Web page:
Using Technology to Deepen Democracy, Using Democracy to Ensure Technology Benefits Us All

Sunday, June 10, 2012

Elizabeth Warren: Her Voice Was Breaking, But Her Voice Was Unboken

Elizabeth Warren's clear concise keynote address to Netroots Nation was very fine "left wing of the possible" politics. However close her competitor may be in the polls, I expect a resounding vote for the Democratic President in November to translate into a comparably resounding vote for Warren, especially given the clear match of her politics to those of her progressive state. It is the clarity of her framing of issues that is so encouraging for this progressive rhetorician -- I am not at all surprised that people are already singing "Warren for President in 2016!" (for a Senator, it would seem the thing is to reach up to the next rung of that ladder quickly, before an actually complex compromised Senatorial record accumulates to hold you where you are), and I daresay she will at least be a major contender for VP if Clinton doesn't run (tho' like everybody else I strongly suspect she will).


Seth Mooney said...

I agree with your take on the national stage and what it likely means for a second Obama term, but having lived in MA for 1.5 years now, I don't think it to be the "progressive state" that I've often heard it characterized as from the west coast or from the national media.

In CA, Dems win by large margins in most places. Where they don't, the wackiest of the right in the country often gets into office. I learned this from a breakdown that you linked to at some point in the last couple of years.

In MA, however, Dems win more than half the time, but by nothing near the margins in CA. From what I've seen and gathered from political organizers here, races are actually close in a way that doesn't typically happen out west.

And in terms of culture, I can tell you that I've grown accustomed to identifying myself as a union organizer to relative strangers with trepidation, given that at least half the time it results in being berated by what I learn too late to be a tea-party lunatic. Anecdotal knowledge is just that, and not much in the way of knowledge, to be sure. But if MA is a decidedly progressive state, I must confess to be at a loss as to what progressive means. The Dem majority here, while clear, just isn't much in the way of strong. And to many of them that get elected have to pander to the right by way of the "middle" in order to get there in the first place.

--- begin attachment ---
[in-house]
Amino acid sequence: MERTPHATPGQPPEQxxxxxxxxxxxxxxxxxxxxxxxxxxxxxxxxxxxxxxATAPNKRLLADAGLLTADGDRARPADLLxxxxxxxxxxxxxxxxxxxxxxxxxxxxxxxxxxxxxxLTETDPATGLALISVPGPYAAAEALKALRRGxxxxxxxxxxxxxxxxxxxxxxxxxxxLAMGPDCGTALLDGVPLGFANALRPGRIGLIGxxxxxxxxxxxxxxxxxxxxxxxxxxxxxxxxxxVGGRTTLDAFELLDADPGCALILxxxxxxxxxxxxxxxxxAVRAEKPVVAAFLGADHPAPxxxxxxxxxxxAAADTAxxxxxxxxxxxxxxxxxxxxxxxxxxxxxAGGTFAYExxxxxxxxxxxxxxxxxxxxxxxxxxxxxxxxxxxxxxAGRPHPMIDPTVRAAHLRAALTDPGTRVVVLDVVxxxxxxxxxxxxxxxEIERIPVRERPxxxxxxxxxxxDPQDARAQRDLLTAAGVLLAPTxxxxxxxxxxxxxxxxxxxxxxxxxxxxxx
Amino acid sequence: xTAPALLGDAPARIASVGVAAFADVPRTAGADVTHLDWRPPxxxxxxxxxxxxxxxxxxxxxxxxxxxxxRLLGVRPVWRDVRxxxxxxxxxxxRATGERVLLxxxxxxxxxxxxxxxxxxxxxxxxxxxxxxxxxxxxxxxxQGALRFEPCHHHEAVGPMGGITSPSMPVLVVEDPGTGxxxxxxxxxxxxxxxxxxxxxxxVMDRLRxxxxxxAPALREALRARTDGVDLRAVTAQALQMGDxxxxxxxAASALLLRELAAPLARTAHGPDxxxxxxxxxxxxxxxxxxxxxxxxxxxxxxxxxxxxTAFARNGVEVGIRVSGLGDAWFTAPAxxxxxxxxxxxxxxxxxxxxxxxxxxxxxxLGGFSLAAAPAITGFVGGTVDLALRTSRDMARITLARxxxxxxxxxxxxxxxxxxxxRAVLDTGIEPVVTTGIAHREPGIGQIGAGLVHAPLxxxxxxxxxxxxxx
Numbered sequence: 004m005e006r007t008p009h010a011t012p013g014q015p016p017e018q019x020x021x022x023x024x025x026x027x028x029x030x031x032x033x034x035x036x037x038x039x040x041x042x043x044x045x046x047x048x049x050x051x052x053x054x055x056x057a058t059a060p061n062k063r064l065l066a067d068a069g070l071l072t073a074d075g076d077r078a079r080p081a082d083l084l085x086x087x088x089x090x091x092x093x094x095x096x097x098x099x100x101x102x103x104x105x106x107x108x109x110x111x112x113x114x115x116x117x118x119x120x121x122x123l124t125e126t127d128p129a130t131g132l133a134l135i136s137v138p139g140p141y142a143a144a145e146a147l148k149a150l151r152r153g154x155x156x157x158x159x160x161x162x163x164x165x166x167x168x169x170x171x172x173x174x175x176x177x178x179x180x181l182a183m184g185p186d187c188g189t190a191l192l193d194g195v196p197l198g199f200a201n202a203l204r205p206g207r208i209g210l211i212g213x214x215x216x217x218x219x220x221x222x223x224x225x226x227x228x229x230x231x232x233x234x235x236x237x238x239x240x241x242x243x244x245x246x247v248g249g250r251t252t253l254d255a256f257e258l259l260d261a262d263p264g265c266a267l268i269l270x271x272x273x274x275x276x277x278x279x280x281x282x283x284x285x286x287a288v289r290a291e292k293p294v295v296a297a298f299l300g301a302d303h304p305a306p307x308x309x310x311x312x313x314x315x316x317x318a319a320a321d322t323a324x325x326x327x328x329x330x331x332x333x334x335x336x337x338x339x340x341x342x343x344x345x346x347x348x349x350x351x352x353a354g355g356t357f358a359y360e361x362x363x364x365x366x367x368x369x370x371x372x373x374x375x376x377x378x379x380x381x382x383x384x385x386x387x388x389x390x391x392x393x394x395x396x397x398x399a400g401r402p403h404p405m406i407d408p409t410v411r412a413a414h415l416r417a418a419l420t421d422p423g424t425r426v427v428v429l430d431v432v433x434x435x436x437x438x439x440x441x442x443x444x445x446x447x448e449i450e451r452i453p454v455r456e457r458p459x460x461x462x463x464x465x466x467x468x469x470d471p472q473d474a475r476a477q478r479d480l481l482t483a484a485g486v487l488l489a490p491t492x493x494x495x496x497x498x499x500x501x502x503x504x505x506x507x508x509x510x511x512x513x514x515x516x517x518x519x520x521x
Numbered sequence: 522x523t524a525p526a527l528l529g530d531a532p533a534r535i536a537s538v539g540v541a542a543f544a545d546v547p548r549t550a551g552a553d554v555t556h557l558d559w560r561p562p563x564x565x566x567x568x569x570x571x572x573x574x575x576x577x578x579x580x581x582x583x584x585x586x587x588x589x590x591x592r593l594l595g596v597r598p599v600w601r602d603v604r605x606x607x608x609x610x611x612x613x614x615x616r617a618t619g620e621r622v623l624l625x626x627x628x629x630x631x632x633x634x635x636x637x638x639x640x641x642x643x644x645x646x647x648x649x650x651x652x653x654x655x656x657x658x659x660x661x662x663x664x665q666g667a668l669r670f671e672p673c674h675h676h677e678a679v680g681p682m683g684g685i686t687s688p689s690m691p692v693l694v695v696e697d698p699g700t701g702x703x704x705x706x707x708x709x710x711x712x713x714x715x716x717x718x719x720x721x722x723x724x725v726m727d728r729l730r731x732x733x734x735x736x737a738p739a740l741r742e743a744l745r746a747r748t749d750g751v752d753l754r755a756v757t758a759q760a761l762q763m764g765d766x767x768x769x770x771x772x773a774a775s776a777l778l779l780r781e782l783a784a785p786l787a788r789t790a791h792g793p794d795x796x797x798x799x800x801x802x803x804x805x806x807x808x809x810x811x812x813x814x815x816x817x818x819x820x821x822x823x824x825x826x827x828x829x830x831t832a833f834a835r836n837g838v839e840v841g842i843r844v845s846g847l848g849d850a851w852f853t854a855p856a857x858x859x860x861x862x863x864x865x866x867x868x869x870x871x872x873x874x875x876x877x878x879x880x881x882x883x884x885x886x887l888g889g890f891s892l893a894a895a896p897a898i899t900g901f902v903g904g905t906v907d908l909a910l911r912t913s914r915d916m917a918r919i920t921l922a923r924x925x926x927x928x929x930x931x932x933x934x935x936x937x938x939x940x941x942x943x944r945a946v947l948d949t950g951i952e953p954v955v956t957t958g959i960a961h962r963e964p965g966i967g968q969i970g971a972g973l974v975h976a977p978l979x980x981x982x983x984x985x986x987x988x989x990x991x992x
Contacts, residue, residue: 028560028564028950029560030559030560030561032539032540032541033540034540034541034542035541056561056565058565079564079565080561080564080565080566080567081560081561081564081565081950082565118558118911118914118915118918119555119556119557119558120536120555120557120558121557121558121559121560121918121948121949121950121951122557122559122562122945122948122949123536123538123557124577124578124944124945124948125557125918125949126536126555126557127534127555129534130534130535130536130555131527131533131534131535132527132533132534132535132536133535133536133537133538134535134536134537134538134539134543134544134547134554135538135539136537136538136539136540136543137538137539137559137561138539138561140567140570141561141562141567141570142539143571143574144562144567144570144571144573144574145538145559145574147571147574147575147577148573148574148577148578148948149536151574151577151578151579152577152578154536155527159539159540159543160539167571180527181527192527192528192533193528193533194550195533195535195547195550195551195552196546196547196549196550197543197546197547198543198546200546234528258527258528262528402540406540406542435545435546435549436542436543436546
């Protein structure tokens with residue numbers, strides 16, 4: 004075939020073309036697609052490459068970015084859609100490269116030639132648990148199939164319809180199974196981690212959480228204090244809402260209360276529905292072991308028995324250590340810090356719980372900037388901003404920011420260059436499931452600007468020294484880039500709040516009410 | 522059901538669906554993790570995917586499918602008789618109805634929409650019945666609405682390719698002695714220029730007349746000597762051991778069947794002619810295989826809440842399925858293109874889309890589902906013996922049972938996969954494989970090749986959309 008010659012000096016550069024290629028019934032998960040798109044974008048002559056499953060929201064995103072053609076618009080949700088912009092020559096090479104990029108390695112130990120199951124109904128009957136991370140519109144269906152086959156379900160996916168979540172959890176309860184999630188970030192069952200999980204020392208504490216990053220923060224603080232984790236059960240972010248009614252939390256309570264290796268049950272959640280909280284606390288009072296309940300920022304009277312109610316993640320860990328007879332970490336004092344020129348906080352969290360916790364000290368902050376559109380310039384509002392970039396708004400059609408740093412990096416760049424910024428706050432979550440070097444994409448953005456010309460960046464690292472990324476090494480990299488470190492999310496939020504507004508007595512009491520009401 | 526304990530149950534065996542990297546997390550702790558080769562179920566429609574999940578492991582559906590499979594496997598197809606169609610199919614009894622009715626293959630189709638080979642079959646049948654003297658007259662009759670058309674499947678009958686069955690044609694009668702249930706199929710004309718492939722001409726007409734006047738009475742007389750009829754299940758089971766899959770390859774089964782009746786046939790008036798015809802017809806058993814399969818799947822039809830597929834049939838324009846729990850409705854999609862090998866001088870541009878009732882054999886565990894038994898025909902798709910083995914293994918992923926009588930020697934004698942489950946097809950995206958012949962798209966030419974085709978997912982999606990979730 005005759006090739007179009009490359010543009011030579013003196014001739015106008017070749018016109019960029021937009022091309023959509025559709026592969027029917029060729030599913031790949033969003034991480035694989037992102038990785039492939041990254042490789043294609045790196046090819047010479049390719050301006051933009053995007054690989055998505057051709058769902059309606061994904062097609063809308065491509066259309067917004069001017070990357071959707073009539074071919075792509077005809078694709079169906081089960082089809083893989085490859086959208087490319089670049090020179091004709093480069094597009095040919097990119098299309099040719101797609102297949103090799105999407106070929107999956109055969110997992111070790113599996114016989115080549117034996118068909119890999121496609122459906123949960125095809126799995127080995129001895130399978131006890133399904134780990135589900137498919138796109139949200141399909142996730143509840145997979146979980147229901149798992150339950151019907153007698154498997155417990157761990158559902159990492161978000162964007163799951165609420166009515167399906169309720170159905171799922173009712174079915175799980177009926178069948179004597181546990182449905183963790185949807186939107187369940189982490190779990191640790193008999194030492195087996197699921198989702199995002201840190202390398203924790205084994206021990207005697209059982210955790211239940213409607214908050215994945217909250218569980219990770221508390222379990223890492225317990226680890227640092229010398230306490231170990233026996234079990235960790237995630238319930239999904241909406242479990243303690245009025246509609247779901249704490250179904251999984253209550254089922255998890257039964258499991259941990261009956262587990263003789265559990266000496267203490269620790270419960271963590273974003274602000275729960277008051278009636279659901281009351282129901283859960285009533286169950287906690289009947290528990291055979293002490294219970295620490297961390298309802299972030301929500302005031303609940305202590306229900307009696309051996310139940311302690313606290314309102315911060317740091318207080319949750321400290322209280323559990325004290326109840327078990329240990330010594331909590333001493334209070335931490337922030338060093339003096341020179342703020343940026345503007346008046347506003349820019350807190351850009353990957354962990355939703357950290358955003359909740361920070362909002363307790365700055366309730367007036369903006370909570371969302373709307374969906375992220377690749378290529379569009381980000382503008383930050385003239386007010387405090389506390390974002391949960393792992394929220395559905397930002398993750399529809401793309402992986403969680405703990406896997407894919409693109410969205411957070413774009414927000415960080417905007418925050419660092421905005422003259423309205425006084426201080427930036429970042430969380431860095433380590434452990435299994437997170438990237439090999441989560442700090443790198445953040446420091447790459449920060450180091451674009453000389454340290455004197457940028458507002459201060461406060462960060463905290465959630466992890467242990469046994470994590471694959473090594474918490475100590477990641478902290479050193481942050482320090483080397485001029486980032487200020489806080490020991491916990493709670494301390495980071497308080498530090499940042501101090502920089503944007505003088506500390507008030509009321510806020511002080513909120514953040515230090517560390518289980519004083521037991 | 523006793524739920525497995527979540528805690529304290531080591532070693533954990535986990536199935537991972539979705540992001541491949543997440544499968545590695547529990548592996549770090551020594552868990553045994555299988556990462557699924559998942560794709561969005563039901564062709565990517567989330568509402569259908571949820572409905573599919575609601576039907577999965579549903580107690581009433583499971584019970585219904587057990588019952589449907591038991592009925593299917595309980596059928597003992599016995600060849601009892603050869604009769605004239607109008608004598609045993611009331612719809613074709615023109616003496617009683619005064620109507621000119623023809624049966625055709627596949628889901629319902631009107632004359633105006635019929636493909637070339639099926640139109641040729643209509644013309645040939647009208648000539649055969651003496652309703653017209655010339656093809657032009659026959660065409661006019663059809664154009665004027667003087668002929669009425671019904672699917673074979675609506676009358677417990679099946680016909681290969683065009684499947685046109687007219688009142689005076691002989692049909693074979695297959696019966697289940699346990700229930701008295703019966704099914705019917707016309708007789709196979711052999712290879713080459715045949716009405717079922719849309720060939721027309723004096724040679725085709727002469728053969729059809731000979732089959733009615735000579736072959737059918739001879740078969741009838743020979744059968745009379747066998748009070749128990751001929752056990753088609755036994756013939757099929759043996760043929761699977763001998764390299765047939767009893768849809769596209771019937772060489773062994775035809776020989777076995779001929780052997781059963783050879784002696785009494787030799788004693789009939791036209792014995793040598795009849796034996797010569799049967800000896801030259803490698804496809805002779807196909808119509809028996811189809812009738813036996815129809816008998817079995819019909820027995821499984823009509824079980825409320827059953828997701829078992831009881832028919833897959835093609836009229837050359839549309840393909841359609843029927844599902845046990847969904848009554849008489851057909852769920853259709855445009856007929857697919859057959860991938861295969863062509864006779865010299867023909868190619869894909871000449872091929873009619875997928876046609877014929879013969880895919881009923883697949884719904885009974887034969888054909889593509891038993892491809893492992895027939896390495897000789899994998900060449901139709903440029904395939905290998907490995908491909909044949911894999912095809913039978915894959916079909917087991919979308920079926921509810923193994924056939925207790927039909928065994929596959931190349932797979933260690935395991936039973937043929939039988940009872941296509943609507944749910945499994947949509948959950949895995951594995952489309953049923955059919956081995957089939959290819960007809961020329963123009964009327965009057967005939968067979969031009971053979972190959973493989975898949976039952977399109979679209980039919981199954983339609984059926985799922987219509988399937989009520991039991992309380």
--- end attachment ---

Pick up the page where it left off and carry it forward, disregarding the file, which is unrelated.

In short, I fear that the race here is going to have to be close in and of itself for an Obama win to pay off for Warren, and the rest of the country in terms of Warren.

But then, I'm not looking at things electoral as deeply as you, and I'd be happy to be wrong in this regard.

Dale Carrico said...

Obviously there are reactionaries in every state. There is no polling suggesting any concern at all that Mass. won't vote for Obama, and doing so they will almost certainly vote for Warren as well, rather than split the ticket for Brown (though the fact that he is more popular than his support of outcomes majorities disapprove would suggest like everywhere else in the USA Mass has more than its share of low-information voters) Warren's positions align with outcomes strongly preferred in polling of the state and her ads are already clearly resonating. I can only imagine union organizing is difficult anywhere in the United States, after more than a generation of plutocratic indoctrination against collective bargaining. There are few things in the whole world more important than what you are doing -- you are a hero!